Taiwan reports lowest altitude incursion by Chinese military plane

ANI
·2-min read
China and Taiwan flags
China and Taiwan flags

Taipei [Taiwan], April 28 (ANI): Taiwanese military intercepted a Chinese spy plane apparently trying to test Taiwan's radar capabilities by flying at an extremely low altitude of only 30 meters.

On Monday, Taiwan's Ministry of National Defense announced that a Y-8 electronic warfare plane (Y-8 EW) and a Y-8 tactical reconnaissance aircraft (Y-8 RECCE) intruded into Taiwan's Air Defense Identification Zone (ADIZ), Taiwan News reported.

According to the MND, it dispatched aircraft, issued radio warnings, and deployed air defence missile systems to monitor the activity.

Local military aircraft tracker tracked the aircraft's flight paths as well as radio broadcasts by the MND. It stated that Y-8 anti-submarine warfare (ASW) plane was detected that day as well.

The incident marks the lowest altitude incursion by a Chinese military plane in Taiwan's ADIZ this year. It also was the lowest altitude that Taiwan's military had directed a radio warning broadcast this year.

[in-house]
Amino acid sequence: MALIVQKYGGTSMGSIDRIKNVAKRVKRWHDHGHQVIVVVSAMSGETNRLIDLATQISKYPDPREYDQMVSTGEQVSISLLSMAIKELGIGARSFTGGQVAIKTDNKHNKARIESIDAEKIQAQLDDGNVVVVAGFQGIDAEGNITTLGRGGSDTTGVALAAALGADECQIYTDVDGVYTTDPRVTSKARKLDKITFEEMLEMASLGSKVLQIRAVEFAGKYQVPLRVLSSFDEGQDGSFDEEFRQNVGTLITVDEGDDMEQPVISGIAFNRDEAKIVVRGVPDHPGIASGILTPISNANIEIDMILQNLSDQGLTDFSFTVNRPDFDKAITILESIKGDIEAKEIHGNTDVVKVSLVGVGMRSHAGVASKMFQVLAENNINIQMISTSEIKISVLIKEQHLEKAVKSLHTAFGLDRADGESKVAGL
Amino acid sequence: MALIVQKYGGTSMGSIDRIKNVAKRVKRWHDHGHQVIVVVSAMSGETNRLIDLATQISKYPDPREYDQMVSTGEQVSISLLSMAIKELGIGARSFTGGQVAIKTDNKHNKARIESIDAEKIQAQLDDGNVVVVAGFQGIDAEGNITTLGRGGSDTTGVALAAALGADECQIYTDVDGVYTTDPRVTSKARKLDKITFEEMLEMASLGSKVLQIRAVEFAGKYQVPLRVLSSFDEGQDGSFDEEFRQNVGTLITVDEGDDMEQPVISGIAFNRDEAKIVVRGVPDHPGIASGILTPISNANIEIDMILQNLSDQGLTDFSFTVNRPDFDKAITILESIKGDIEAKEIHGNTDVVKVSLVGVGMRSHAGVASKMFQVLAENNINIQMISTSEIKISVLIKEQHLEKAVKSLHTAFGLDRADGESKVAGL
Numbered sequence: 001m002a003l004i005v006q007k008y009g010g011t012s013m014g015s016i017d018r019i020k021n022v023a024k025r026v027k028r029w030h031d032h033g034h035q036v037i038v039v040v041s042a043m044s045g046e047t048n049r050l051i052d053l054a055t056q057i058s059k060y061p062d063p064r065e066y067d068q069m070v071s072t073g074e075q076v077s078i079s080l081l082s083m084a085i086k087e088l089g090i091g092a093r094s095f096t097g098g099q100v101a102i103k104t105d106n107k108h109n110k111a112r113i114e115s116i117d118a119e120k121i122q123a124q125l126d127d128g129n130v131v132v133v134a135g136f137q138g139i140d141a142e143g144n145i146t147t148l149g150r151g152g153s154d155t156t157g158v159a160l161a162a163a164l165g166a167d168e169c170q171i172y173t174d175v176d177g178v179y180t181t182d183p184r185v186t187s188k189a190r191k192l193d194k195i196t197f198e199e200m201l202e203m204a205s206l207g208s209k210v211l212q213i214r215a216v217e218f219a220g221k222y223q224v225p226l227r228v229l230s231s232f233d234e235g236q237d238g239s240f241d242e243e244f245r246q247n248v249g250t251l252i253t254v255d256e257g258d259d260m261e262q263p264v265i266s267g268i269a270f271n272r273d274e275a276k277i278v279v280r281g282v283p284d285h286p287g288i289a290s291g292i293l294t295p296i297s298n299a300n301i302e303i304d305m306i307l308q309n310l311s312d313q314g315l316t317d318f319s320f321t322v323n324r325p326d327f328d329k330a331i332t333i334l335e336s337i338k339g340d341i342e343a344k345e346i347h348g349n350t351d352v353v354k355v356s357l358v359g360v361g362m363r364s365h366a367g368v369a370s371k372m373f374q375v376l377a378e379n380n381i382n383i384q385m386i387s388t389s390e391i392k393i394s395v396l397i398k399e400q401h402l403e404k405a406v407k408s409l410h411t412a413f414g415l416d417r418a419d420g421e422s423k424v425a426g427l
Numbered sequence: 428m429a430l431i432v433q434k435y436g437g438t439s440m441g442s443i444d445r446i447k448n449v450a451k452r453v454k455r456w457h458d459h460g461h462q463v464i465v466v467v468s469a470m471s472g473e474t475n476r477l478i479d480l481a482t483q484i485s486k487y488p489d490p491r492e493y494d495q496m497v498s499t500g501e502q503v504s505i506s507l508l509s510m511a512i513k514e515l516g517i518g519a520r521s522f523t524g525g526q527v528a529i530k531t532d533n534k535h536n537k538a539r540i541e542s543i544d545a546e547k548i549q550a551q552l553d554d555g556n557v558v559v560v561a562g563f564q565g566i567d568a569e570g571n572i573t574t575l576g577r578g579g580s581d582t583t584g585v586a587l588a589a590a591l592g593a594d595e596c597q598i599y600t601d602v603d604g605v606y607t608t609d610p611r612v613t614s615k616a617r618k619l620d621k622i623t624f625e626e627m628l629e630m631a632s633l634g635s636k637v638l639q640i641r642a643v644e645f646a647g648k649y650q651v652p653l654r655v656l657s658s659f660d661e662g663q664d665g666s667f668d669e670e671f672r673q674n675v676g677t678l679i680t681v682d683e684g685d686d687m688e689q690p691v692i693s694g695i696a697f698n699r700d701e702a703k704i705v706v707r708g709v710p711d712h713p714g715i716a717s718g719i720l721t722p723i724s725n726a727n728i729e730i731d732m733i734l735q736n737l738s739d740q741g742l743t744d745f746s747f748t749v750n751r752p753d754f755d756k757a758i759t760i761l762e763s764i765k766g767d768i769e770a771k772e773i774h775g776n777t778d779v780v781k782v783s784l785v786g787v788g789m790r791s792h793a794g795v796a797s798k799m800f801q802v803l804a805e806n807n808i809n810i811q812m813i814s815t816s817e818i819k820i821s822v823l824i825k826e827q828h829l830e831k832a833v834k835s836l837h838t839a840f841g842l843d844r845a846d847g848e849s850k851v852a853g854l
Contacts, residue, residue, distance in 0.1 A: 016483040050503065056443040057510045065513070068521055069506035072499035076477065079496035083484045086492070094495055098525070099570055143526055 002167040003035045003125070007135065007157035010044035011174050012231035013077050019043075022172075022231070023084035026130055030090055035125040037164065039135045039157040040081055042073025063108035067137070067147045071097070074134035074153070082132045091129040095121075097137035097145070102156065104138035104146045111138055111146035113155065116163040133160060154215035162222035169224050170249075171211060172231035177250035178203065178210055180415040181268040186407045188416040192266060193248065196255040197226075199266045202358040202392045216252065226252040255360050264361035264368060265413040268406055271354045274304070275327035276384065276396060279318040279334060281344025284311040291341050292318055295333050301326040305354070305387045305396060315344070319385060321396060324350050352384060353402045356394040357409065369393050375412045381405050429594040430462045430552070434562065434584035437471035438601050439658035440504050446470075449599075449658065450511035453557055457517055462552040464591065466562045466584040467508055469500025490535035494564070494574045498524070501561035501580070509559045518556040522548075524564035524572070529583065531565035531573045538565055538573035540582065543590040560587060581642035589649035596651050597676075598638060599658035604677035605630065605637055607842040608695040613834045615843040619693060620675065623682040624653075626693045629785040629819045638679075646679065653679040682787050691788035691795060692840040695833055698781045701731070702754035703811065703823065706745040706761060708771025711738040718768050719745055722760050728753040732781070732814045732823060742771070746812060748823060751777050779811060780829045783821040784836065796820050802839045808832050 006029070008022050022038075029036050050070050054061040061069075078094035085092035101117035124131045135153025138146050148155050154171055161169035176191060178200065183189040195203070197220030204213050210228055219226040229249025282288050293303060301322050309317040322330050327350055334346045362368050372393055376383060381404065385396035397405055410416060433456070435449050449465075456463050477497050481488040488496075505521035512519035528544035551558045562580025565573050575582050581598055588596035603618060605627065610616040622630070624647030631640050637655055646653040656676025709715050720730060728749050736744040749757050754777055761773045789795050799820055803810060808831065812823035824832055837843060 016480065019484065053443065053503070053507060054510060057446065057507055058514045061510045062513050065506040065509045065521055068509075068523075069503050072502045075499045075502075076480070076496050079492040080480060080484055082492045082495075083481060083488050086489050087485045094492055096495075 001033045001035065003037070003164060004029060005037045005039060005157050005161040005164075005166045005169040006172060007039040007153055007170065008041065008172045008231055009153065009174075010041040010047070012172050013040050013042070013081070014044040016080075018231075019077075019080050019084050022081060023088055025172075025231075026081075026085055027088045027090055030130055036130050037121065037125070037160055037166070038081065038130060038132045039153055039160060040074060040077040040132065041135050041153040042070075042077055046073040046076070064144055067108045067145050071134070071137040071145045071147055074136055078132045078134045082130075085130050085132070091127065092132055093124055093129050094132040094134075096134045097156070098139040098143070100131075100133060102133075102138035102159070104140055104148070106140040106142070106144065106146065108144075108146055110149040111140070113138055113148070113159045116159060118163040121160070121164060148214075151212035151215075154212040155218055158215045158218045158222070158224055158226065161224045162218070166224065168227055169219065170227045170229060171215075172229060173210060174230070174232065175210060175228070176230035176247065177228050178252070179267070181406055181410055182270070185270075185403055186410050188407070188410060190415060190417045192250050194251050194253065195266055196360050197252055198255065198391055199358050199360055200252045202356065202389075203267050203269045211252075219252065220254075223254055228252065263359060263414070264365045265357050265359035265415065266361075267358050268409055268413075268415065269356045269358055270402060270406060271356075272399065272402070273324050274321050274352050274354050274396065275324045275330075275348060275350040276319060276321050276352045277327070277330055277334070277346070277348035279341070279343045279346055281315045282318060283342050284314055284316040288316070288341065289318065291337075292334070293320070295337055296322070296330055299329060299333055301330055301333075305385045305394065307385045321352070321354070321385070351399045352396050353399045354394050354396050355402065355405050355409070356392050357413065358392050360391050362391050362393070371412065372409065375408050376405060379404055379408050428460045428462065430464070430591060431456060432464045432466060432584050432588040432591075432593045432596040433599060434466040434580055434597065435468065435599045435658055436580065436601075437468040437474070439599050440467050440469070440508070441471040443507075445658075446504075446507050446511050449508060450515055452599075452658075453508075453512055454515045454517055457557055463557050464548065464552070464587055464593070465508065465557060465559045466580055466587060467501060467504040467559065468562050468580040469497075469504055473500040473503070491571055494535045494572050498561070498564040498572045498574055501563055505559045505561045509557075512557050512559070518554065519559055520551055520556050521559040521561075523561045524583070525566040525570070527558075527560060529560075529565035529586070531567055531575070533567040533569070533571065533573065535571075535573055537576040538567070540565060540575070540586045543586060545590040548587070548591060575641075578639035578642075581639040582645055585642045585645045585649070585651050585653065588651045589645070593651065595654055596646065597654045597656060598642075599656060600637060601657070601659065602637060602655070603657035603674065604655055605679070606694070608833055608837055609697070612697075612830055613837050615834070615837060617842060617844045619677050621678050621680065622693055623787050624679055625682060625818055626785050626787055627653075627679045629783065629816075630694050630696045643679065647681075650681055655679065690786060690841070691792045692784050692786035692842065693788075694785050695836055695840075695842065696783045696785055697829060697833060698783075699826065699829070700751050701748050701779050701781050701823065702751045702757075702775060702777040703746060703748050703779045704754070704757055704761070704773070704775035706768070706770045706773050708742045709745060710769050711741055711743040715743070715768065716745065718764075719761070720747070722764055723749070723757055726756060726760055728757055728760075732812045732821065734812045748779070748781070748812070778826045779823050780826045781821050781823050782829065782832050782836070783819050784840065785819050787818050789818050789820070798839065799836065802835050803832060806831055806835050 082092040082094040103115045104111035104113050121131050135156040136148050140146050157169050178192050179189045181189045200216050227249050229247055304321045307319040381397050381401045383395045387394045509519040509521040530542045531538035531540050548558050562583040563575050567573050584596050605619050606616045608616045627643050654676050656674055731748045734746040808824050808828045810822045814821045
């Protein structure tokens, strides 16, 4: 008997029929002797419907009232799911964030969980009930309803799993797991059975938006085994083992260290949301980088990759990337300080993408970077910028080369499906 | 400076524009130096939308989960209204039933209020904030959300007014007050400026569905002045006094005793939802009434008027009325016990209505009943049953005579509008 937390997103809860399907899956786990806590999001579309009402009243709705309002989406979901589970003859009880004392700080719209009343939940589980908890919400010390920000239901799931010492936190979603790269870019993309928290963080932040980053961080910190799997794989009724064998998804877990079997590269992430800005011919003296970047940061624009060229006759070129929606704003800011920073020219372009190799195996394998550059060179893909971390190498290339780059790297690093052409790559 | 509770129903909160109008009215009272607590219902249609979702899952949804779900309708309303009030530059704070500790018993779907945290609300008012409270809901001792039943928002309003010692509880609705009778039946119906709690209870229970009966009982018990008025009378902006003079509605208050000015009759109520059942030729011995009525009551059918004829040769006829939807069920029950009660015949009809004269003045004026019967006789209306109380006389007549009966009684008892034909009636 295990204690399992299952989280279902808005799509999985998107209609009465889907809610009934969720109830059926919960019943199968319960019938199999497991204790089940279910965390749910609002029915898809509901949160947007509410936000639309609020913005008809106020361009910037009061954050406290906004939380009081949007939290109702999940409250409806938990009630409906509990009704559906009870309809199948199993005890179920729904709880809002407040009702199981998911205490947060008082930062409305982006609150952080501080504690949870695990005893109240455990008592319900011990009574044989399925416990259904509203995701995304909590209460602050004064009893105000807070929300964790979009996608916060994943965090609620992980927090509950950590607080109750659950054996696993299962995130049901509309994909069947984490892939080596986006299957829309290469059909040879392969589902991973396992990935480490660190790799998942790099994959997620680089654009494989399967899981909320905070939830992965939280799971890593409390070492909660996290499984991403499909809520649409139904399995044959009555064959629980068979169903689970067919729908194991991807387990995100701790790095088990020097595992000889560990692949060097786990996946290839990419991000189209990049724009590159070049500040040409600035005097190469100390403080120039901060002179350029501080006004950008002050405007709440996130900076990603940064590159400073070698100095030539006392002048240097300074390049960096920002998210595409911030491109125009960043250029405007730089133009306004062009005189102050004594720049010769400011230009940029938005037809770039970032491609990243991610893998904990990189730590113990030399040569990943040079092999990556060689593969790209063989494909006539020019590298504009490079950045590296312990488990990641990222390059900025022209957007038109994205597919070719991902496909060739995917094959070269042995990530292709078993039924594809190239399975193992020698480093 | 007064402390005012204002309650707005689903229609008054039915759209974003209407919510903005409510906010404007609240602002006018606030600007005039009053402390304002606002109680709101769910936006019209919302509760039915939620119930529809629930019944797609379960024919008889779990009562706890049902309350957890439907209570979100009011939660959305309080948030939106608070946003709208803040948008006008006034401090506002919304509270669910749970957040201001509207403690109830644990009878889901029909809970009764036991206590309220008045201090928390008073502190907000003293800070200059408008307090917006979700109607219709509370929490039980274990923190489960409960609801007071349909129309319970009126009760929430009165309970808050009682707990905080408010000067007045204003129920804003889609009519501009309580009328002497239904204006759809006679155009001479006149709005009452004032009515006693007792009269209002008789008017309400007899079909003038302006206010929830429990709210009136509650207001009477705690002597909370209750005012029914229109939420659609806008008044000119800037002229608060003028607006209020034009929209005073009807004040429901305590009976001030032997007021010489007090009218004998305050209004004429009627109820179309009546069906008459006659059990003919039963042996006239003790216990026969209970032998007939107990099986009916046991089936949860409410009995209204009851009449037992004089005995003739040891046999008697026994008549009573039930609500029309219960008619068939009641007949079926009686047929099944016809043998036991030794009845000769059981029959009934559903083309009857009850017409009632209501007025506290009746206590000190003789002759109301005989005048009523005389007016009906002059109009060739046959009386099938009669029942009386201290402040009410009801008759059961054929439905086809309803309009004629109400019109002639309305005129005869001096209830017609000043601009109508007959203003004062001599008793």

Air defence identification zones are early warning systems that help countries detect incursions into their airspace.

Any aircraft entering such an area is supposed to report its route and purpose to the "host" nation, though the zones are classified as international airspace and pilots are not legally bound to make such a notification.

Since mid-September of last year, Beijing has stepped up its gray-zone tactics by regularly sending planes into Taiwan's ADIZ, with most instances occurring in the southwest corner of the zone and usually consisting of one to three slow-flying turboprop planes.

Over the past few months, Taiwan has reported incursion by Chinese warplanes into ADIZ almost daily.

Last month, Taiwanese premier Su Tseng-chang termed the incursion by Chinese warplanes into Taiwan's Air Defense Identification Zone (ADZ) as "unnecessary" and "thoughtless". Beijing claims full sovereignty over Taiwan, a democracy of almost 24 million people located off the southeastern coast of mainland China, despite the fact that the two sides have been governed separately for more than seven decades.

Taipei, on the other hand, has countered the Chinese aggression by increasing strategic ties with democracies including the US, which has been repeatedly opposed by Beijing.

China has threatened that "Taiwan's independence" means war.

Wu Qian, spokesperson of China's Ministry of National Defence, on January 28 "warned" the people wanting "Taiwan independence" and had said "those who play with fire will set themselves on fire, and seeking 'Taiwan independence' means nothing but war". (ANI)